If you have been in the online sewing community for a while, you’ve likely heard of using projectors for sewing, sometimes termed as paperless sewing.
Or maybe you haven’t heard of it and you’re here because you are wondering to yourself, how the heck can I use a projector for sewing?
Well, what if we told you that you could enjoy the benefits and instant gratification of a digital PDF sewing pattern, WITHOUT needing to print, tape, and cut your pattern pieces?
Wonder no more, my friend. Instant gratification is now a quick Amazon purchase away. Well, that and some research. But that’s where we come in.
WHERE TO START
Learning something new can be overwhelming. Not sure where to start? Let us hold your hand through the process and guide you along the way.
Let us first start out by mentioning that there is a Facebook group called Projectors for Sewing that has a HUGE wealth of knowledge and can help you troubleshoot when you are stuck.
Now that you’ve joined the group, are you ready? The first thing to consider when using a projector for sewing is what projector to buy.
WHAT TO LOOK FOR IN A PROJECTOR
If you search ‘Projector’ on Amazon you will find pages and pages of results and will likely feel a bit (or a lot) overwhelmed. Knowing what to look for can get confusing. Here are some important specs that you should look out for:
Throw – Your throw distance is the distance between your cutting area and where the lens of the projector will be. This distance will determine which projector would be best for your situation. If you have a short throw, consider a projector with a very small throw ratio (sometimes referred to as an ultra-short throw projector).
Lumens – This is the measure of the brightness of the light from the projector. To put it simply, the higher the lumens (lux) the brighter the projection will be. This is especially important if the room you plan to cut your fabric in is very bright.
Native Resolution – The highest resolution that your projector can display. Even if the file you are using has a higher resolution, your projector can only display up to its native resolution. The higher the native resolution, the better image quality you will have.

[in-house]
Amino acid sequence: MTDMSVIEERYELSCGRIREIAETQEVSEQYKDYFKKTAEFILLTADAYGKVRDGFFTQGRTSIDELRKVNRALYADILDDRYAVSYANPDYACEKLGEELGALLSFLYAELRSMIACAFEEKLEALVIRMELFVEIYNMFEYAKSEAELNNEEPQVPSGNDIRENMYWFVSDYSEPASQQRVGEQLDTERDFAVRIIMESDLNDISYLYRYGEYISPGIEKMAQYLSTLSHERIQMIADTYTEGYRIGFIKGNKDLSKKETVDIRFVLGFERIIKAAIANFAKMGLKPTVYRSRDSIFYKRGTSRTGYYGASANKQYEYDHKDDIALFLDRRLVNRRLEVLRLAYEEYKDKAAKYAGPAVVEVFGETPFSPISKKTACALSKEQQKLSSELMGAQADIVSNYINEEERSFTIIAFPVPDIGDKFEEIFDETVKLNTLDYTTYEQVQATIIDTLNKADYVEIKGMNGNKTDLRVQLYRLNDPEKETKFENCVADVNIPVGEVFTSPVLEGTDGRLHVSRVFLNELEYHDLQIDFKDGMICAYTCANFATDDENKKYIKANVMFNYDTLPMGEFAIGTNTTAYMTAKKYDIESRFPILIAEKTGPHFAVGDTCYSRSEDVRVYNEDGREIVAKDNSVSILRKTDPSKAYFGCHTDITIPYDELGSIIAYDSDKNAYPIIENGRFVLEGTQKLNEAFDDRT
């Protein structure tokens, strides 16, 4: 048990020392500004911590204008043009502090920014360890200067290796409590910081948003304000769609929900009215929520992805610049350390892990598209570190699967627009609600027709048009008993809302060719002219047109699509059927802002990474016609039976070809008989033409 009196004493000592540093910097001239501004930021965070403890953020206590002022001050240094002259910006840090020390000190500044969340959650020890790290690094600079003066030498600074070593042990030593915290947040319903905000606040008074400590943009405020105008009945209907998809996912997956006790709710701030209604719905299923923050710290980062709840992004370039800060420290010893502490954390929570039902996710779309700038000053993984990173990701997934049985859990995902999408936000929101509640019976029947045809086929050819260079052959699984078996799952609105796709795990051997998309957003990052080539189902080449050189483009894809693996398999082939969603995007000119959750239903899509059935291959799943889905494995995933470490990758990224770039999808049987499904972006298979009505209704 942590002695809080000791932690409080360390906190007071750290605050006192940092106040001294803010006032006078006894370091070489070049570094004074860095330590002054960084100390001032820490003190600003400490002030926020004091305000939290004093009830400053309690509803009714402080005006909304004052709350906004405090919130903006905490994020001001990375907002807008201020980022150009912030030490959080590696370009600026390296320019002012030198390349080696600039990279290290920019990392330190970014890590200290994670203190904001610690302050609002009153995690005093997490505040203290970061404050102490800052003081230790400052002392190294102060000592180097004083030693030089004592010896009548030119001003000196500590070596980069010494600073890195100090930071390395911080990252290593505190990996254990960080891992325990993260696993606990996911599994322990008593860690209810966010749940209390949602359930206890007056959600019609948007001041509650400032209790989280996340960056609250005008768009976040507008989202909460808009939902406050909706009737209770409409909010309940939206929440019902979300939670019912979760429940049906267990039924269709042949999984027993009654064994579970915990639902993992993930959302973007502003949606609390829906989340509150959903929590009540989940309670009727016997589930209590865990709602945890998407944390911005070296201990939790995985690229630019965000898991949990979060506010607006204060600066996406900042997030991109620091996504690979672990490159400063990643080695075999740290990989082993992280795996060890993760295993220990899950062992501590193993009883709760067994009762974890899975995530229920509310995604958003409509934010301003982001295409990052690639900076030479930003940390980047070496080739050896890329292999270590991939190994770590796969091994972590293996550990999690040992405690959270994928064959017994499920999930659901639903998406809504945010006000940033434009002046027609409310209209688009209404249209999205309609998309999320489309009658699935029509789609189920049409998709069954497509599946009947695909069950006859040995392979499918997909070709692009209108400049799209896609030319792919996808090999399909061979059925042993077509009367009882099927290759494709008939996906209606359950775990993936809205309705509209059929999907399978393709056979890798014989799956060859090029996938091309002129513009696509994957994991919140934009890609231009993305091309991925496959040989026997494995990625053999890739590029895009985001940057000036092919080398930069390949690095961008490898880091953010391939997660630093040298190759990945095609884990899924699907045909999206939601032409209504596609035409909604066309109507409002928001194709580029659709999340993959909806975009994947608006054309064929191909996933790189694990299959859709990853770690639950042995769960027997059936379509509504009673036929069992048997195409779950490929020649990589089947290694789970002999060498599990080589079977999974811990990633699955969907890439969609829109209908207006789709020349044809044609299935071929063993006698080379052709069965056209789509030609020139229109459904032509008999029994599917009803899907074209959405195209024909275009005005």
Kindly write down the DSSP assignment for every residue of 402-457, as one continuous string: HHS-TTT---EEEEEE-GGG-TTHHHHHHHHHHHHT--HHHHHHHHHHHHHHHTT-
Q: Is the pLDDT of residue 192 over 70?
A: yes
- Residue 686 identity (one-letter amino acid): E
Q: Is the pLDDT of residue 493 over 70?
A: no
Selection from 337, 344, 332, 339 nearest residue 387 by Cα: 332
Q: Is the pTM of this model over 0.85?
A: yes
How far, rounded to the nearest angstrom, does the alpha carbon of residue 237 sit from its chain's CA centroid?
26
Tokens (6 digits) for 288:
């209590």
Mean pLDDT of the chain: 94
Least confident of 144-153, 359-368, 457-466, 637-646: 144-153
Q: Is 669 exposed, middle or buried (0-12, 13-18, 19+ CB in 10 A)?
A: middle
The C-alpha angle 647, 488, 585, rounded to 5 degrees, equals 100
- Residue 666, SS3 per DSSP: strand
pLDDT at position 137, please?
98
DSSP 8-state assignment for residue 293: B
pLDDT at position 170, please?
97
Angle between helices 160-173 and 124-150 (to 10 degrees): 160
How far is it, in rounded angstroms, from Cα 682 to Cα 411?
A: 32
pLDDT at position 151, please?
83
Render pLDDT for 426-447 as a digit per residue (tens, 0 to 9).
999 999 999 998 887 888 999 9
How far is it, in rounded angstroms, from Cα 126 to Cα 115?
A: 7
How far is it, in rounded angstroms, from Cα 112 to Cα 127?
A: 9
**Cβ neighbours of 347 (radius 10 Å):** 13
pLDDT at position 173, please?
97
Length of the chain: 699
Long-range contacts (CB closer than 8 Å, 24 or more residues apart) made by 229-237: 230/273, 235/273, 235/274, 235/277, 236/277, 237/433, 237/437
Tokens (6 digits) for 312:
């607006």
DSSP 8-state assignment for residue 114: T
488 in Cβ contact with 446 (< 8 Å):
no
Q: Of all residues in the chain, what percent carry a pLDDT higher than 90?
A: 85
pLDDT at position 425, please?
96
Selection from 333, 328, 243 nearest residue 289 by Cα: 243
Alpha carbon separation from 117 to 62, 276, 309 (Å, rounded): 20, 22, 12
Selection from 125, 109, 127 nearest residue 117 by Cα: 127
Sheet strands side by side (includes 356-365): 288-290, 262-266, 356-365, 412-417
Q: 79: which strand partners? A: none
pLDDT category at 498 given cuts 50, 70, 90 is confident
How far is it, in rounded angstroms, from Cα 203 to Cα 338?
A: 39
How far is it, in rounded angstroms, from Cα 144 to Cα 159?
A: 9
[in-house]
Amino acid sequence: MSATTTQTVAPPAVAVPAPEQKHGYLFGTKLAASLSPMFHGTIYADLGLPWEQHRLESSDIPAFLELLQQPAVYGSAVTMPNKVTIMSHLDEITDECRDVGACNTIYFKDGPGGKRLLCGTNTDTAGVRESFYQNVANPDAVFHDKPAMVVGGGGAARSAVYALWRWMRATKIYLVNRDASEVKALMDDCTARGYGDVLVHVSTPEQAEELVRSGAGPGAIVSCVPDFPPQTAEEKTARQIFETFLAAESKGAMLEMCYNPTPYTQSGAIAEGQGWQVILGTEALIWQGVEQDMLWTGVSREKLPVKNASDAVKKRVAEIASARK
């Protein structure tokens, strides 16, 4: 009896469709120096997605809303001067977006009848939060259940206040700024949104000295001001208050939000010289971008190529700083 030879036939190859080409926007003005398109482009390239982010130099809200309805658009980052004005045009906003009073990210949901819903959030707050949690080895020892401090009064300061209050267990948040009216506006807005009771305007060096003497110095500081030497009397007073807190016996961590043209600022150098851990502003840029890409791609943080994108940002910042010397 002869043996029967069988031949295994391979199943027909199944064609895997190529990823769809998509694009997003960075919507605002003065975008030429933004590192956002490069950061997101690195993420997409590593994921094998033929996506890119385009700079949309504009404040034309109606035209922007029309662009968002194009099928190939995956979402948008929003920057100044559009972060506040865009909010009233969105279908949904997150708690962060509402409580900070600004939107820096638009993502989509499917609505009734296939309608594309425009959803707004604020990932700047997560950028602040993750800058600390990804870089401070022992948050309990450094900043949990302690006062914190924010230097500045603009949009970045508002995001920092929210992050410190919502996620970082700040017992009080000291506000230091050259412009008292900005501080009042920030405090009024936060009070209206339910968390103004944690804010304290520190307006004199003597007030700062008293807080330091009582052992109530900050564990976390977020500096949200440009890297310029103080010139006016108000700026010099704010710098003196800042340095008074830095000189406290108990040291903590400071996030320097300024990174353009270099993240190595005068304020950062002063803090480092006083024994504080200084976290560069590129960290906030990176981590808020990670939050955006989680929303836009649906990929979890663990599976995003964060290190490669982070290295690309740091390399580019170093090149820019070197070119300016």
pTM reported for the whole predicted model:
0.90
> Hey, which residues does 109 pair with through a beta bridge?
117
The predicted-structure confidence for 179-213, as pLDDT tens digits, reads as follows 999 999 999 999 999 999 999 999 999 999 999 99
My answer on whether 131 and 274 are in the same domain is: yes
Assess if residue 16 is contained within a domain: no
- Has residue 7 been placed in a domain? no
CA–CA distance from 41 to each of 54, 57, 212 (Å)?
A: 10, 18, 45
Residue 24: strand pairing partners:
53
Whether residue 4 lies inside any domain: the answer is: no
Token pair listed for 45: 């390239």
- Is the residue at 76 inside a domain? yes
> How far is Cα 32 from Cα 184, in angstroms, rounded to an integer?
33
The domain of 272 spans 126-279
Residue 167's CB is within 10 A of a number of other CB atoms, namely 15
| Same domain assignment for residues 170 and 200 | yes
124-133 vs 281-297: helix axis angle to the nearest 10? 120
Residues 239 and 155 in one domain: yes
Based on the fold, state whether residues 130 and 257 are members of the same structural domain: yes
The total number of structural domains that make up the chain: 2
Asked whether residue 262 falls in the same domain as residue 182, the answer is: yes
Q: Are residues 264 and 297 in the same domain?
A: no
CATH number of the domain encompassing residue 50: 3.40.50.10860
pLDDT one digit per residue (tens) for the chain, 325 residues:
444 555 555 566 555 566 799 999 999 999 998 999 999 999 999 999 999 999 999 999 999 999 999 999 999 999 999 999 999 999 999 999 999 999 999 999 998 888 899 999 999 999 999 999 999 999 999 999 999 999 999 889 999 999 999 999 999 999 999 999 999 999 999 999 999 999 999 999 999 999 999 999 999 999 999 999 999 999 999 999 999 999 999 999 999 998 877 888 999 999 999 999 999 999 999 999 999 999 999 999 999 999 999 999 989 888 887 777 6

Keystone – Some projectors have a keystone adjustment which helps reduce distortion when projecting onto an angled surface.
Size – Projectors come in all sorts of shapes and sizes. There are mini projectors that are the size of a cell phone and there are short-throw projectors that come in at a whopping 15″ tall.
CONNECTION CAPABILITIES –
- HDMI – Some people connect their projector to their computer directly via an HDMI cable. With this method, you have a wire hanging down from your projector. If this is the route you go there are methods for hiding the wire using cord covers, like in our setup below.
- Chromecast – A Chromecast device plugs into your projector allowing it to connect to your computer using the Chrome browser.
- Wifi/Bluetooth – If the projector you choose has wifi or Bluetooth capabilities you may be able to connect to your device without any additional plugs or devices.
You can find projectors that are battery operated or that require a plug to power on. While a battery-operated projector may seem appealing due to the fact that you won’t have any cords hanging down, keep in mind that once your projector is up you likely won’t want to touch it very often to replace the batteries. The process of calibrating your projector (we will discuss this later) can be tricky the first time around and while it does get easier the more times you have to do it, the less you have to deal with it the better. So, using a projector with a plug that you can leave up and not worry about moving at all is probably the easiest choice.
On that same note, some projectors come with a remote control making it very easy to turn on and off without having to climb up high. We highly recommend reading the description carefully to ensure you are getting one.
YOUR CUTTING SPACE